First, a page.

and Tuula Vasankari3
1Pulmonary Diseases, Heart and Lung
Center, Helsinki University Central Hospital, Helsinki, Finland, 2National Institute for Health and
Wellfare, National Institute for Health and Wellfare, Helsinki, Finland, 3Finnish Lung and Health Association
(FILHA), Finnish Lung and Health Association (FILHA), Helsinki, Finland
Pulmonary tuberculosis (TB) is associated with chronic airway
obstruction and predicts mortality. Yet, little follow-up data exist
concerning the associations between these in long-term.
To evaluate whether there are associations between past TB,
obstruction, and mortality in 30-years? follow-up.
analysed the survey data of 6701 Finns aged 30 or over who participated
in the Mini-Finland Health Survey between 1978 and 1980, underwent
spirometry, and had all the relevant health information collected. Past
TB was defined either as a disease history (TB treated in hospital or
with TB medications) or a scar indicating TB on chest x-ray.
Obstruction was specified with the lower limit of normal (LLN), and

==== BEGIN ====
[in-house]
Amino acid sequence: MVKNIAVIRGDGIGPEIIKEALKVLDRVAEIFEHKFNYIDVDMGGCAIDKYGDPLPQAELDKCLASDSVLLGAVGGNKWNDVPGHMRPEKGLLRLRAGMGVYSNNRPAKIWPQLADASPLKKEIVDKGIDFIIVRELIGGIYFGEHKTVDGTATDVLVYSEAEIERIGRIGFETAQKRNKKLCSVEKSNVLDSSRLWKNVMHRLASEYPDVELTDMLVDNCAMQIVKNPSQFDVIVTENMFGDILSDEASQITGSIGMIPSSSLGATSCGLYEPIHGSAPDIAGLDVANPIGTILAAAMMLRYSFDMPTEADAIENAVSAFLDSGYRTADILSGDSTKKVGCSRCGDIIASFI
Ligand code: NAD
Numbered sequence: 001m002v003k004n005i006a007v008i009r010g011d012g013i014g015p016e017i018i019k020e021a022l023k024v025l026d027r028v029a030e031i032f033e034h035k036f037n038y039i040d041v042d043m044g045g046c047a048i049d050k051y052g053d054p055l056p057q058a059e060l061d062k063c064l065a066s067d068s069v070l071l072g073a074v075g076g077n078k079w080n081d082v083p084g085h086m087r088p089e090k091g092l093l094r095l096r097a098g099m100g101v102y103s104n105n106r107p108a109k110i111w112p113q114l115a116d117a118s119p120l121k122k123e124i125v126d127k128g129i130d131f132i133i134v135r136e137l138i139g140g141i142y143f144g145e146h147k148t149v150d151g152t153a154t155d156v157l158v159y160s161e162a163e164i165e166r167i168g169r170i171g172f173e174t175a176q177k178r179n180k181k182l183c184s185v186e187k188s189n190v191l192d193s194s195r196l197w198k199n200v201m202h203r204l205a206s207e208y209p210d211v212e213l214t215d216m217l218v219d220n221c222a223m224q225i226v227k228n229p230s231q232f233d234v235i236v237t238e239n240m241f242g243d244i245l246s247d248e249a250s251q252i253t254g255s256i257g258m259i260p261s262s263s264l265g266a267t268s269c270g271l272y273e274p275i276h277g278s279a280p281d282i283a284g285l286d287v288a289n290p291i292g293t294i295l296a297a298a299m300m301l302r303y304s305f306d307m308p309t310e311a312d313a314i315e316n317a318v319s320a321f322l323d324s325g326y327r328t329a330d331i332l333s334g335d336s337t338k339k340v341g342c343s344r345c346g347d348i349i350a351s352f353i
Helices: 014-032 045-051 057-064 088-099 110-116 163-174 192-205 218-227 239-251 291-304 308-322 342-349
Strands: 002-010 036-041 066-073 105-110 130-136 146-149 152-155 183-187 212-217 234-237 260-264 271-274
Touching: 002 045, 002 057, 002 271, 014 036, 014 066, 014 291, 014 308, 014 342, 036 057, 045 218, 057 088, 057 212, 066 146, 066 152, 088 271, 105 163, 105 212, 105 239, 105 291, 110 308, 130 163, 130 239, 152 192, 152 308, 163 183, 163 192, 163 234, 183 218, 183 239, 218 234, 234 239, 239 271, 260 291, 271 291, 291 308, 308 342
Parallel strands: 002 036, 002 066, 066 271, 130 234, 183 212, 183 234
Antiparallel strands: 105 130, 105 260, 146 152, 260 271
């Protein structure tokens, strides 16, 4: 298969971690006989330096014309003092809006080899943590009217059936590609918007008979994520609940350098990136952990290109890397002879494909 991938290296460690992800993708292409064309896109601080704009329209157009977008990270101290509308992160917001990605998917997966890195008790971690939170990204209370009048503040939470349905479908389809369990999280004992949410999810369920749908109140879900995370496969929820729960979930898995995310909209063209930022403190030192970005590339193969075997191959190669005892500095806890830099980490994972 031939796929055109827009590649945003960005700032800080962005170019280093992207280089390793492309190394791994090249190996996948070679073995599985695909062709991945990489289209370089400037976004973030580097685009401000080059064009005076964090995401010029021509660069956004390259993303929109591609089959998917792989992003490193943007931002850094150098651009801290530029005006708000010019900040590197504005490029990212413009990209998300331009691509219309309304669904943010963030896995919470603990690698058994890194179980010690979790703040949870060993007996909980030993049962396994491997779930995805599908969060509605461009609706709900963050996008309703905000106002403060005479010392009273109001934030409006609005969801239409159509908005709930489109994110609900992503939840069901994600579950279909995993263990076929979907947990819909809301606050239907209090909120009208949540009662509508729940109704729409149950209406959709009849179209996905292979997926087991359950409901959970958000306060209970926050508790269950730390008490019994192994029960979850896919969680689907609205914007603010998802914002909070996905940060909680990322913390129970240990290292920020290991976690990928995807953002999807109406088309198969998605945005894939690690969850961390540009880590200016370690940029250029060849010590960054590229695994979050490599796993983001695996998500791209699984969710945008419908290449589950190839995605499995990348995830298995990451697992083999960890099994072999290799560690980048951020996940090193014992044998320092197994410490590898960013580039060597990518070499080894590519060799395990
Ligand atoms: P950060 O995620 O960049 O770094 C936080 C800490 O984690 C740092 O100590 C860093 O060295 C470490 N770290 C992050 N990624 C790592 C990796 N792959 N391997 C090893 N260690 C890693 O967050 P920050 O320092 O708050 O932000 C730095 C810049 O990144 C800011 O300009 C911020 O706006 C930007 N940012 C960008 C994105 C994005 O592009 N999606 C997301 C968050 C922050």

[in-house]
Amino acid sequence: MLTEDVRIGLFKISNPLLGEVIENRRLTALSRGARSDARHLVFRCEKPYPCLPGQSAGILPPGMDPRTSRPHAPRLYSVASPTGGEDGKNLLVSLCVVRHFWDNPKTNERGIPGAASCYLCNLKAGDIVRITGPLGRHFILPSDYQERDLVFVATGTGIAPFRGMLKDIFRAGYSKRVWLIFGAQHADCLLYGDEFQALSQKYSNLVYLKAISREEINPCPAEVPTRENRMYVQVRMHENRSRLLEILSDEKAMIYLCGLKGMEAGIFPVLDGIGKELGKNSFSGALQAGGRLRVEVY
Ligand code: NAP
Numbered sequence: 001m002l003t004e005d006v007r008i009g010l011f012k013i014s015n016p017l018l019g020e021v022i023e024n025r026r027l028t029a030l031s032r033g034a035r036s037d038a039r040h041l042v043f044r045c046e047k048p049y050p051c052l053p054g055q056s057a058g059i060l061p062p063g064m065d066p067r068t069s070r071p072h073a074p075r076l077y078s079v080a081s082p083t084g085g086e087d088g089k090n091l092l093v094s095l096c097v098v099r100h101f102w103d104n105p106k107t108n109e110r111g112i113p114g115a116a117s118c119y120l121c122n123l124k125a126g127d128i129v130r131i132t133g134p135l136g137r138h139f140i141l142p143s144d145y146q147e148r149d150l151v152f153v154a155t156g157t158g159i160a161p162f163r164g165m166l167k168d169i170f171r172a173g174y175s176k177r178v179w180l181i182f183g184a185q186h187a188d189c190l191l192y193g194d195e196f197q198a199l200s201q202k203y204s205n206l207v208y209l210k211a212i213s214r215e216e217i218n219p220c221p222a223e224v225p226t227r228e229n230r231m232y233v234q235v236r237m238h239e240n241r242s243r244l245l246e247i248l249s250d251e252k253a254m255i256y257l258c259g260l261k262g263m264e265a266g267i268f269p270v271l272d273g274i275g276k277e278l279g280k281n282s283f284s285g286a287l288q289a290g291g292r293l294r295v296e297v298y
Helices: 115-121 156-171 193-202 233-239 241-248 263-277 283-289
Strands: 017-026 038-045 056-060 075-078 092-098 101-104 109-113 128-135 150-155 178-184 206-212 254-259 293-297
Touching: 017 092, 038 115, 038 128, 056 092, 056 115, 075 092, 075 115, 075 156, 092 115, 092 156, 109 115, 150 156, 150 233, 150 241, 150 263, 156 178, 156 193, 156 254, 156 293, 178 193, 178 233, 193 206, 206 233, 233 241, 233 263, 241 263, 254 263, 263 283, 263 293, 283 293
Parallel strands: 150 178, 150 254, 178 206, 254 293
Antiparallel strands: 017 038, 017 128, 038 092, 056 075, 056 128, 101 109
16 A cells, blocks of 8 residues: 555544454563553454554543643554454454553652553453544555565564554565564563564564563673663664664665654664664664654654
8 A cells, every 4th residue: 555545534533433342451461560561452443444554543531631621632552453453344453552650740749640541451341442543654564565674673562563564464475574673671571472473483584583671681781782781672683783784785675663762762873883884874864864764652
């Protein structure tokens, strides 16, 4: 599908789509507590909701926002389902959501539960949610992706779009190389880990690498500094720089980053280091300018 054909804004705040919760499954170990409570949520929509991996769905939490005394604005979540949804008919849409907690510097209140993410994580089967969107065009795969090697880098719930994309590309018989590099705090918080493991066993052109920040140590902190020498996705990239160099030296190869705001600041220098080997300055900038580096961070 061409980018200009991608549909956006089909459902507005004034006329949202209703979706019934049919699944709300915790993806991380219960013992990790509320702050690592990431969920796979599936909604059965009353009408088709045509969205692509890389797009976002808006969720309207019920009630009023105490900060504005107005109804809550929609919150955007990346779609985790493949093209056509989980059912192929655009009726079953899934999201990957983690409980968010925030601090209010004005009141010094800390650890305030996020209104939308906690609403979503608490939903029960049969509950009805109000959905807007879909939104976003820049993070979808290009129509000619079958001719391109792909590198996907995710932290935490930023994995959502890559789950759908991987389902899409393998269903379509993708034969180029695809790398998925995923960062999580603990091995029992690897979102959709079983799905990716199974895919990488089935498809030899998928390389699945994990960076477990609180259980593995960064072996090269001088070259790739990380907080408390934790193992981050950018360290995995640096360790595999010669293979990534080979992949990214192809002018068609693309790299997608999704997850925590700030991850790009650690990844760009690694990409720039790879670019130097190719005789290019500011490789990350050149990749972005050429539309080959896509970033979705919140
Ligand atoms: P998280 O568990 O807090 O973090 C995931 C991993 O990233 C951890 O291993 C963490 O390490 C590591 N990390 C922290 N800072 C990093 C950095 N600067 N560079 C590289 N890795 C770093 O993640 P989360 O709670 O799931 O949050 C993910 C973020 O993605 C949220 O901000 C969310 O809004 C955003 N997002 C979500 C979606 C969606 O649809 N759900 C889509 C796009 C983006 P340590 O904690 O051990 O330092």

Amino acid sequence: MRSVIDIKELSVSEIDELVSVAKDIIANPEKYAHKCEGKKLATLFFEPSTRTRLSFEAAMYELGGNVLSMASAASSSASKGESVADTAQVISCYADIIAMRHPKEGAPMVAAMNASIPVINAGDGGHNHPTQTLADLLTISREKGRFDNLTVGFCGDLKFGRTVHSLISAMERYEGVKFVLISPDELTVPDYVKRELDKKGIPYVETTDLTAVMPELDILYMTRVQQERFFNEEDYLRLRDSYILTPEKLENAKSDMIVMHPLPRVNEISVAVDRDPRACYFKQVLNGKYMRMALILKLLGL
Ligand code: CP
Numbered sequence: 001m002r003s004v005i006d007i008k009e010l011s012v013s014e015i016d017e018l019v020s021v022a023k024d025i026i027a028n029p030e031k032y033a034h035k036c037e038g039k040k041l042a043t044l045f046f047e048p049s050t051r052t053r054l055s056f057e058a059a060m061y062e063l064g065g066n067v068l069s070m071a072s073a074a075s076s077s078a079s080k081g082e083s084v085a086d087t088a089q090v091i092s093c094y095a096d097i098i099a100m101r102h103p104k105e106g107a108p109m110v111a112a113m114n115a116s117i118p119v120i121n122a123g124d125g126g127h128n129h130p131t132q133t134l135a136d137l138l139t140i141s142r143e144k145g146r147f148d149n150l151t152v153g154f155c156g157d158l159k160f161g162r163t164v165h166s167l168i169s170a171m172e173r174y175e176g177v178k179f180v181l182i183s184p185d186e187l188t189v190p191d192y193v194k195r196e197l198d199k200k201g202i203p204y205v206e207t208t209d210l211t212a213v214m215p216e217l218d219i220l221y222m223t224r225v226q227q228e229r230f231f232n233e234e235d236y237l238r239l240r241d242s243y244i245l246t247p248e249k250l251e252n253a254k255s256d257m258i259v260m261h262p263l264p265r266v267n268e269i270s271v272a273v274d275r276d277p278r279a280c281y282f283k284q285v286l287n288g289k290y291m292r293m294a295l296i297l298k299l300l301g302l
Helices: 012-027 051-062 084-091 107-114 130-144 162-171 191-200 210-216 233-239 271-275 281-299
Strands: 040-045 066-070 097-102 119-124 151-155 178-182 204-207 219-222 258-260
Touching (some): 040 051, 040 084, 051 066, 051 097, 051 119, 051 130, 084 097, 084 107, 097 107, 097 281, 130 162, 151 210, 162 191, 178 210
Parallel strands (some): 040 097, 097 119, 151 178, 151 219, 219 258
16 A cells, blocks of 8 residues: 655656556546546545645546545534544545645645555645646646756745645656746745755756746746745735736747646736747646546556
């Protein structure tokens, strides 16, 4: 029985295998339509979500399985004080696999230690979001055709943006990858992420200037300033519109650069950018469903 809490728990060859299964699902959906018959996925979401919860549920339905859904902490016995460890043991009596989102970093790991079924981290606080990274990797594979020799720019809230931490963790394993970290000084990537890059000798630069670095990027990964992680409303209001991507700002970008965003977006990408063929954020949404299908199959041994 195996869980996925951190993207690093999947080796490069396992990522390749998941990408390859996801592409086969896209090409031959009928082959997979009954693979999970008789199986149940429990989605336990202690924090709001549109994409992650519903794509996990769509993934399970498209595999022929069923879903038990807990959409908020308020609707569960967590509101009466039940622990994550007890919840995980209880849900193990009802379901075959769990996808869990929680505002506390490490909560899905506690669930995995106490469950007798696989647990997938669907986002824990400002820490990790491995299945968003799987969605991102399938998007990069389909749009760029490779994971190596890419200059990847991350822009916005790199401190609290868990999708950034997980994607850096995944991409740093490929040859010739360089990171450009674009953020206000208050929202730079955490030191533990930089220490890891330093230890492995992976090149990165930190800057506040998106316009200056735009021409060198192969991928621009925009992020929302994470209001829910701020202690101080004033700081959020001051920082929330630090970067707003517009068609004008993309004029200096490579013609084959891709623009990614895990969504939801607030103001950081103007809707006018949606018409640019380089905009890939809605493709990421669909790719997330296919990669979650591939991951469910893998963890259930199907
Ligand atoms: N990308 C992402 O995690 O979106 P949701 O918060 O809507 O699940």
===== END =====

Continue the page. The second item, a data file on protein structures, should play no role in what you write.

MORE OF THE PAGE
classified for severity by Global initiative for chronic Obstructive
Lung Disease (GOLD) stages 1?4.
Past TB was closely associated with the prevalence of obstruction after
adjustment for smoking history and other potential confounders. The
adjusted odds ratio of obstruction was 2.21 (95% CI
1.52?3.21) in those with a scar recorded by one of the two
radiologists, 2.48 (1.63?3.78) if recorded by both
radiologists, and 4.59 (2.86?7.37) in those with a disease
history, as compared with subjects without TB. Among those with neither
past TB nor obstruction, with past TB only, with obstruction only, and
with both, the adjusted hazard ratios of subsequent mortality were 1.00
(reference), 1.13 (95% CI 1.04?1.23), 1.67
(1.34?2.08), and 1.84 (1.50?2.26), respectively.
Past TB, and even a scar indicating it on chest x-ray, is a strong
determinant of airway obstruction. Past TB and obstruction predict
mortality with an additive pattern
Source : http://erj.ersjournals.com/content/48/suppl_60/PA2736
Image : https://www.hamiltoncountyhealth.org/wp-content/uploads/tuberculosis_needle.jpg